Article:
ˇˇˇˇPeople of the Dongxiang
ethnic minority live in the part of the Linxia Hui Autonomous Prefecture
situated south of the Yellow River and southwest of Lanzhou, capital
city of the northwest province of Gansu. Half of them dwell in the
Dongxiang Autonomous County, and the rest are scattered in Hezheng
and Linxia counties, the city of Lanzhou, the Xinjiang Uygur Autonomous
Region and some other places.
The Dongxiang ethnic minority received
its name from the place it lives -- Dongxiang. However, this ethnic
group was not recognized as a minority prior to the founding of
the People's Republic in 1949. The Dongxiangs were then called "Dongxiang
Huis" or "Mongolian Huis." The Dongxiang language
is basically similar to Mongolian, both belonging to the Mongolian
branch of the Altaic language family. It contains quite a number
of words borrowed from the Han Chinese language. Most of the Dongxiang
people also speak Chinese, which is accepted as their common written
language. Quite a few of them can use Arabic alphabet to spell out
and write Dongxiang or Chinese words.
The Dongxiangs are an agricultural
people who grow potatoes, wheat, maize and broad beans as well as
hemp, rapeseed and other industrial crops.
Historians are divided in their views
about the origin of the Dongxiang ethnic minority. Some hold that
they are descendants of Mongolian troops posted in the Hezhou area
by Genghis Khan (1162-1227) during his march to the west. Other
historians say they are a mixture of many races -- Hui, Mongolian,
Han and Tibetan groups.
However, according to legends and historical
data, the Dongxiangs probably originated from the Mongolians. As
far back as the 13th century, Mongolian garrison units were stationed
in the Dongxiang area. In these units were Mongols and military
scouts and artisans Genghis Khan brought from West Asia. In time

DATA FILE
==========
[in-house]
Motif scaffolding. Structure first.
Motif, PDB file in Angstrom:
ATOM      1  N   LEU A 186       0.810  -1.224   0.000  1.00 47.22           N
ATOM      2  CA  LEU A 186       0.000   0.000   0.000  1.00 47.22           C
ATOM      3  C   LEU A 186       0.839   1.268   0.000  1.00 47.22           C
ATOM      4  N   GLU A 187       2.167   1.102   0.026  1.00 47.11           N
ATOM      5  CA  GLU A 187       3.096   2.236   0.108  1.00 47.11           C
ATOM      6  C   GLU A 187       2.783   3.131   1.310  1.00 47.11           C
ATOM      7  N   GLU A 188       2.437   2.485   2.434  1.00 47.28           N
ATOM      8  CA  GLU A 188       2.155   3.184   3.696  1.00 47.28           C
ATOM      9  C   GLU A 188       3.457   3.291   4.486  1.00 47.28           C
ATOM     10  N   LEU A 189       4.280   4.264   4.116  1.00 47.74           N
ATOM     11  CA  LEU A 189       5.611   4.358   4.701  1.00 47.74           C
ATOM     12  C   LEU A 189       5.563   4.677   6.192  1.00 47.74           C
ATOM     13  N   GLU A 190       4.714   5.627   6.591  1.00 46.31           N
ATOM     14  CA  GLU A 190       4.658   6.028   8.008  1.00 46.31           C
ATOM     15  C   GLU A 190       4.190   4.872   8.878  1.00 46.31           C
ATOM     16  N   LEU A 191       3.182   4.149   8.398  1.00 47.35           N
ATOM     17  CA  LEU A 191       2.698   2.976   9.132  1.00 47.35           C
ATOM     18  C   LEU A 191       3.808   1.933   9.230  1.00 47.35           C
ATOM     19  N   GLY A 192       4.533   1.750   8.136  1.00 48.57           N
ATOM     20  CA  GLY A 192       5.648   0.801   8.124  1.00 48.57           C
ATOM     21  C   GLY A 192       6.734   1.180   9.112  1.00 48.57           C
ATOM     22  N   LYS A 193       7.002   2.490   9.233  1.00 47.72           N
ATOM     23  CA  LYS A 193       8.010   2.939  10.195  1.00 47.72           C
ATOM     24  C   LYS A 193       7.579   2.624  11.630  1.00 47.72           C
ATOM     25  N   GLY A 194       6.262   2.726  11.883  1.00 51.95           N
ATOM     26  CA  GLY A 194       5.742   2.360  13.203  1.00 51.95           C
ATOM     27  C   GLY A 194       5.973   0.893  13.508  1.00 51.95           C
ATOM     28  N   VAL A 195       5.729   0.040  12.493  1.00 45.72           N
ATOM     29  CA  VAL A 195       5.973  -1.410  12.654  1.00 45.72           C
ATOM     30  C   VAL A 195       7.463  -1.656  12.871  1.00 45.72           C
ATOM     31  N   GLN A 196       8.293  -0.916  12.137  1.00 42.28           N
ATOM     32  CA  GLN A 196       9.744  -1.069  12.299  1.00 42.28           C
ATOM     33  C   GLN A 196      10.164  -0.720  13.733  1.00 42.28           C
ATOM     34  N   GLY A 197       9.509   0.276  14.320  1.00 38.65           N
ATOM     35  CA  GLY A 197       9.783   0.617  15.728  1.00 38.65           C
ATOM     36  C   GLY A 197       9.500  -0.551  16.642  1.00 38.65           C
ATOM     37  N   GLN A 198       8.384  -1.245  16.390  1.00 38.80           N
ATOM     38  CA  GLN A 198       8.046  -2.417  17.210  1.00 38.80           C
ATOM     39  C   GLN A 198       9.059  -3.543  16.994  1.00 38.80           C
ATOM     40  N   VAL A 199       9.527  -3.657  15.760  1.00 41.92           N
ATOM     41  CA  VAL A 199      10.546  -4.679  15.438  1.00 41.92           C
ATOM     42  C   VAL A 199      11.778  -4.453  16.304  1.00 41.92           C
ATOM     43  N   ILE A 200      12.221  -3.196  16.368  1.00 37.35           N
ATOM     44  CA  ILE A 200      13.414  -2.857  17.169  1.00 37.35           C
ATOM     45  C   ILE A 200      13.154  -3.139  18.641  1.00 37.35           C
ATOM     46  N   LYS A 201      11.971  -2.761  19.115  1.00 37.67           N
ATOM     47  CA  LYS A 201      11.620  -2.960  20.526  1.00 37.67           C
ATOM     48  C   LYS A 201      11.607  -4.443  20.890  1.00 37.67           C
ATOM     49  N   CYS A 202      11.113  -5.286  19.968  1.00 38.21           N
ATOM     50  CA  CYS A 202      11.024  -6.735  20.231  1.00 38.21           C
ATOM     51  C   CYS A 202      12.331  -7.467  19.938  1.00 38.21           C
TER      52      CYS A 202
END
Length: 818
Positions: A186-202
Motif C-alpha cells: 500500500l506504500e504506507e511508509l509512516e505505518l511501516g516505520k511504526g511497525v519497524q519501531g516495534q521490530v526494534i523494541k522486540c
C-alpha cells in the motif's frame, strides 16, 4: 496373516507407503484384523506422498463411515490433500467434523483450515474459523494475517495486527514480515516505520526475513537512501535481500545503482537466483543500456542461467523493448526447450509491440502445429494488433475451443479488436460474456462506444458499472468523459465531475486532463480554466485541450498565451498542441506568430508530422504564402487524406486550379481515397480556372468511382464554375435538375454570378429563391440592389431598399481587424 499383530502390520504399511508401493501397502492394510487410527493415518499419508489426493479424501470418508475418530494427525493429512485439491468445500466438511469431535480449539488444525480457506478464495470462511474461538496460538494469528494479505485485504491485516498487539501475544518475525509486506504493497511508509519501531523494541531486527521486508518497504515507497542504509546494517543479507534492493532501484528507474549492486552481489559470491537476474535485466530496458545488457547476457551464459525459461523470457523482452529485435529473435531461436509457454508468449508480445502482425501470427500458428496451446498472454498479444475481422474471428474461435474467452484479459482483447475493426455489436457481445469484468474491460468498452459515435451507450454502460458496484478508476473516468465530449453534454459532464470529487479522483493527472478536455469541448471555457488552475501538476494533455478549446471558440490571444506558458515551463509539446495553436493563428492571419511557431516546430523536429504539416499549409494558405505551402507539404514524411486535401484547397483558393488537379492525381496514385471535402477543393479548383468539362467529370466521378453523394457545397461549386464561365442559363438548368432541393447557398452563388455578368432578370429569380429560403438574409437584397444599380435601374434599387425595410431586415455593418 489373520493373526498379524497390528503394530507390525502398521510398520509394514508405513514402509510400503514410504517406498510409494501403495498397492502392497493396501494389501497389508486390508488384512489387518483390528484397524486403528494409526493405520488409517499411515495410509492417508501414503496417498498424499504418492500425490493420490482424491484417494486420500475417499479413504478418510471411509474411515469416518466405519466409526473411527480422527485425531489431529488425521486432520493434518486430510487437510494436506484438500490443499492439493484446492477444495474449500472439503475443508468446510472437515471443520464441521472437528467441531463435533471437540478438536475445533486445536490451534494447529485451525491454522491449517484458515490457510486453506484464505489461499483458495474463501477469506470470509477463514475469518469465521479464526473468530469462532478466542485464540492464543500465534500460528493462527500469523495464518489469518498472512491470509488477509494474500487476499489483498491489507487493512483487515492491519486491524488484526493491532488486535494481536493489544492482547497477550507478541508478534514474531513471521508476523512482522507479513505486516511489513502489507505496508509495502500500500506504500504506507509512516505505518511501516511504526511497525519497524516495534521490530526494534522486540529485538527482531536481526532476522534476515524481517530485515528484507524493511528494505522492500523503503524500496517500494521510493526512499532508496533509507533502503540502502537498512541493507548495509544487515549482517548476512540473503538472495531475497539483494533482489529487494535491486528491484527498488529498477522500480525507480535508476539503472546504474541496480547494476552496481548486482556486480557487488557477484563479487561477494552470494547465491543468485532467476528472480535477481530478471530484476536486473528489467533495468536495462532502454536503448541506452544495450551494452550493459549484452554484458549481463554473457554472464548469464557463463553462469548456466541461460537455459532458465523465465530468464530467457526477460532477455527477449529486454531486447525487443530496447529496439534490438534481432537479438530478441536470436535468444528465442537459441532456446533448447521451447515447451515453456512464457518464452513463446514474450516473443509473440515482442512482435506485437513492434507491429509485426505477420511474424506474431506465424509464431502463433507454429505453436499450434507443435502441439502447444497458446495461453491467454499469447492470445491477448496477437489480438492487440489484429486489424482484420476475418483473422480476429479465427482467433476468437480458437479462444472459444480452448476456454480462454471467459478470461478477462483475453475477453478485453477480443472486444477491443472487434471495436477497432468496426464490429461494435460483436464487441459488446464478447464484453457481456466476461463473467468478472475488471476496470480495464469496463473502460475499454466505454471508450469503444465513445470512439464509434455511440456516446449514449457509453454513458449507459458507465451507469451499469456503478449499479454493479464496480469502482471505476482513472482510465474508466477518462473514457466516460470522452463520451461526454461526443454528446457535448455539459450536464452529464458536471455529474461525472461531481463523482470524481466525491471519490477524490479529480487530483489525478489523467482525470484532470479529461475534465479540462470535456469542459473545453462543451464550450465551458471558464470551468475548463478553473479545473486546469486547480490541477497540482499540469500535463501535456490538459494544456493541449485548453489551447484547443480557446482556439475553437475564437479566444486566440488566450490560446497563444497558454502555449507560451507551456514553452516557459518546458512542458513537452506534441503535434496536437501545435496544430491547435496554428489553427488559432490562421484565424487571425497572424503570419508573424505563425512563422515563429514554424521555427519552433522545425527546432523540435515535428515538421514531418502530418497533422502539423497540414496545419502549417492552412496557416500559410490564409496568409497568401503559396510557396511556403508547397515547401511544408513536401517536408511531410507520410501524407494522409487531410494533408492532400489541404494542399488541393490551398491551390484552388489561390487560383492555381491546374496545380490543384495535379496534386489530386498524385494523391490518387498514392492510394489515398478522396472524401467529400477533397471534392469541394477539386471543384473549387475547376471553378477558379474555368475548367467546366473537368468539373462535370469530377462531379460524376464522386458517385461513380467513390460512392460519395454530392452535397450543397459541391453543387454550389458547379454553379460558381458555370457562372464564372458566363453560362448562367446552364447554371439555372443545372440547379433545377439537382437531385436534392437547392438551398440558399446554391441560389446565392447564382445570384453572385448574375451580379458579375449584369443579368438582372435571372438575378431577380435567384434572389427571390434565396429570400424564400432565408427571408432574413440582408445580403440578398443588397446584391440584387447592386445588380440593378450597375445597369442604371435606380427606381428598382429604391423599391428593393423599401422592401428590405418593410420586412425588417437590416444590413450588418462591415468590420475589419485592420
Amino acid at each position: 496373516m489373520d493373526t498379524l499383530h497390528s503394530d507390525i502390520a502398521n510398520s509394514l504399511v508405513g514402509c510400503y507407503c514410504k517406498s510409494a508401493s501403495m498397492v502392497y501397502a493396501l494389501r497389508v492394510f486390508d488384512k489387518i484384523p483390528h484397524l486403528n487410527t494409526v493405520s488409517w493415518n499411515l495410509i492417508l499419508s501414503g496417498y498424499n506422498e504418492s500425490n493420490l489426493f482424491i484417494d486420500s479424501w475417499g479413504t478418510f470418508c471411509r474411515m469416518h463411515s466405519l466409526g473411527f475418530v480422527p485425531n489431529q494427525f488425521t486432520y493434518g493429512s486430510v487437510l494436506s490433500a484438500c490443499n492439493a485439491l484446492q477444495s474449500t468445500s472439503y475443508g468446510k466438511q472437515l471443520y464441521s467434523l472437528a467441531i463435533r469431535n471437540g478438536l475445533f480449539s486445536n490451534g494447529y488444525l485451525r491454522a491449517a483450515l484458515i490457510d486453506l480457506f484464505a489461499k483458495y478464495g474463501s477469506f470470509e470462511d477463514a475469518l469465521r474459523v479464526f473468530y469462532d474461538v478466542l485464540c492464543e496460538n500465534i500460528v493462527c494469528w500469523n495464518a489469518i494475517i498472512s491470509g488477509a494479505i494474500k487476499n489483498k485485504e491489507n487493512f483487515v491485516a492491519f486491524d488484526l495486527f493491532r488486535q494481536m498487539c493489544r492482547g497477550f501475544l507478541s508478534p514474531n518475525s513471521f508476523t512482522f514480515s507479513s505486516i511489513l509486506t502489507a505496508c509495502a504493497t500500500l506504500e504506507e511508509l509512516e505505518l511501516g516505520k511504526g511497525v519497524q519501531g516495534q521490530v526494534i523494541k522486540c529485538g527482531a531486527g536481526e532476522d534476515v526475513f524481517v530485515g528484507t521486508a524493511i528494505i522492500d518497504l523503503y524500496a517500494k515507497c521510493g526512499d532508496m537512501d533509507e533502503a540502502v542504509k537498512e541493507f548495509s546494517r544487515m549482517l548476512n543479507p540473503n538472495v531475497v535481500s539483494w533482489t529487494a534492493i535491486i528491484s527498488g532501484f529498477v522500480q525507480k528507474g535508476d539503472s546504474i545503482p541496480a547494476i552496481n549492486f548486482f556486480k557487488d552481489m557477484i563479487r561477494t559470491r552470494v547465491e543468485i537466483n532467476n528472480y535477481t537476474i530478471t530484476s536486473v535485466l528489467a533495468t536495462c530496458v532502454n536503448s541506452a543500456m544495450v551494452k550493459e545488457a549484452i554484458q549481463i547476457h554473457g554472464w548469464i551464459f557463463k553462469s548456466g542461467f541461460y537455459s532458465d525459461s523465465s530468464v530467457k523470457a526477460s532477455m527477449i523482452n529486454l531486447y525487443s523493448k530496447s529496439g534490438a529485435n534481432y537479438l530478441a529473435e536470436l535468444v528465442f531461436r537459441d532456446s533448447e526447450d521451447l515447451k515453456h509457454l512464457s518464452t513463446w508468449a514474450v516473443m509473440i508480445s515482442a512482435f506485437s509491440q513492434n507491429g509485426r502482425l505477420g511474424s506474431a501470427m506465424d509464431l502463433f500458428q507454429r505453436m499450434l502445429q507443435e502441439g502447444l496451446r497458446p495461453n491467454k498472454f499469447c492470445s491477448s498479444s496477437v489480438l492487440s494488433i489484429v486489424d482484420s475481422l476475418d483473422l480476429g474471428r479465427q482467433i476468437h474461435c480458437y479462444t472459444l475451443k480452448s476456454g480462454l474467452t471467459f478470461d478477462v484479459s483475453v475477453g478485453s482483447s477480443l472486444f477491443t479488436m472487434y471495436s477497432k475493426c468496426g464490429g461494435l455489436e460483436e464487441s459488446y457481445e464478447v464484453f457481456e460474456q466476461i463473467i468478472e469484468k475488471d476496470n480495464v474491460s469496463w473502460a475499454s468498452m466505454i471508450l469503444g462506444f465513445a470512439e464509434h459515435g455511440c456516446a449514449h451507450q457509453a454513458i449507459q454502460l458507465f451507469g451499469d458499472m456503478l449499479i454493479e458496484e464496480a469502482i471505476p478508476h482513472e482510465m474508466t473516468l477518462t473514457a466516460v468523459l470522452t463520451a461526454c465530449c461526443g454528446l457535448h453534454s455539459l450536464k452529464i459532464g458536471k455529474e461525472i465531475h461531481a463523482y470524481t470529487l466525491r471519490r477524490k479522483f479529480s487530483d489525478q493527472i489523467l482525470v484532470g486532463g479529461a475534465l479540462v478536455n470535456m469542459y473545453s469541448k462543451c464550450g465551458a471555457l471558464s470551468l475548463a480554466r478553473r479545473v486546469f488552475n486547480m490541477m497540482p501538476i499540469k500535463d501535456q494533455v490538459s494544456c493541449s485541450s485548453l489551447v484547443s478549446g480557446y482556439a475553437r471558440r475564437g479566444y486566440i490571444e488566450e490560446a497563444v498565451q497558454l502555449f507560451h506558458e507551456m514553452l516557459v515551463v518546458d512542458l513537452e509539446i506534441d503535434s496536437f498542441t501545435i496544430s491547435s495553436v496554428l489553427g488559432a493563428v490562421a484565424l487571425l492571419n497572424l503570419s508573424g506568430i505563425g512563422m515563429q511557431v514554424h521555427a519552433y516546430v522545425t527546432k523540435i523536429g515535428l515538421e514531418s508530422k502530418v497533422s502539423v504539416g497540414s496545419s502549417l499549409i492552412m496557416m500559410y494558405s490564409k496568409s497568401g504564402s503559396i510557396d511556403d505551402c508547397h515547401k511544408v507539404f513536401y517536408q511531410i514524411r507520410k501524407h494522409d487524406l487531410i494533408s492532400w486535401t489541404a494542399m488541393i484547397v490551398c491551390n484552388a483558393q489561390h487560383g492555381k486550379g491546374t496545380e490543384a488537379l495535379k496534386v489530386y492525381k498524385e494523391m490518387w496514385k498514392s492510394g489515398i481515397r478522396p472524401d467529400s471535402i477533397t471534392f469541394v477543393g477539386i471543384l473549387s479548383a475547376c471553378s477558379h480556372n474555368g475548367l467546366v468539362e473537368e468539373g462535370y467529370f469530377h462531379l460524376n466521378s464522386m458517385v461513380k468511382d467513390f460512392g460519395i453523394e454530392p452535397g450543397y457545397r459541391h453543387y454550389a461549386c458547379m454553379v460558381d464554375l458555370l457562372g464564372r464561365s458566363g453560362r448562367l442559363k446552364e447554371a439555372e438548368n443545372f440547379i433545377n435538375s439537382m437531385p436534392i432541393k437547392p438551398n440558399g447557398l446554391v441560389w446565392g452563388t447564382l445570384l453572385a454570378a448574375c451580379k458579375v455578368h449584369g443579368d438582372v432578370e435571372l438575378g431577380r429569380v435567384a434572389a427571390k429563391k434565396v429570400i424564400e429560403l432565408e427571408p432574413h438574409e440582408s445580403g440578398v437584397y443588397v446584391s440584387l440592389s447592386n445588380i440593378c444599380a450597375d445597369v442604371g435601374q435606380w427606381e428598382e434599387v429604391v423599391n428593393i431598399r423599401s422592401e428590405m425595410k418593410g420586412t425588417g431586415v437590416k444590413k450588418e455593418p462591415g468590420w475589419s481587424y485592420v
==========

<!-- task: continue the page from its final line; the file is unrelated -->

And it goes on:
of war, the military scouts would fight as soldiers on the battlefield.
And they farmed and raised cattle and sheep in time of peace. These
garrison troops later took local women as wives, and their offspring
at the beginning were called "military households" which
became "civilian households" with the passage of time.
During the early years of the Ming
Dynasty (1368-1644), they were offered amnesty by the Ming rulers,
and they settled down permanently in the Dongxiang area.
The Dongxiang people had been groaning
under national and class oppression throughout the ages. This had
driven them to take up arms against their oppressors many times.
For several decades before the founding
of the People's Republic in 1949, the Dongxiang people were suffering
under the oppressive rule of the feudal Hui warlords, Ma Anliang,
Ma Qi and Ma Bufang, and Kuomintang warlord Liu Yufen.
What infuriated the Dongxiangs most
was the pressganging of their young men into the armed forces by
the Kuomintang and Hui warlords. At one swoop in 1948, the pressgangs
rounded up a total of more than 3,000 young men. Even the ahungs
in some mosques were not spared. They were thrown into the army
after their beards were shaved. Pressganging operations that were
carried out time and again had made the Dongxiang villages and towns
devoid of young men.
The Dongxiangs are Moslems, and at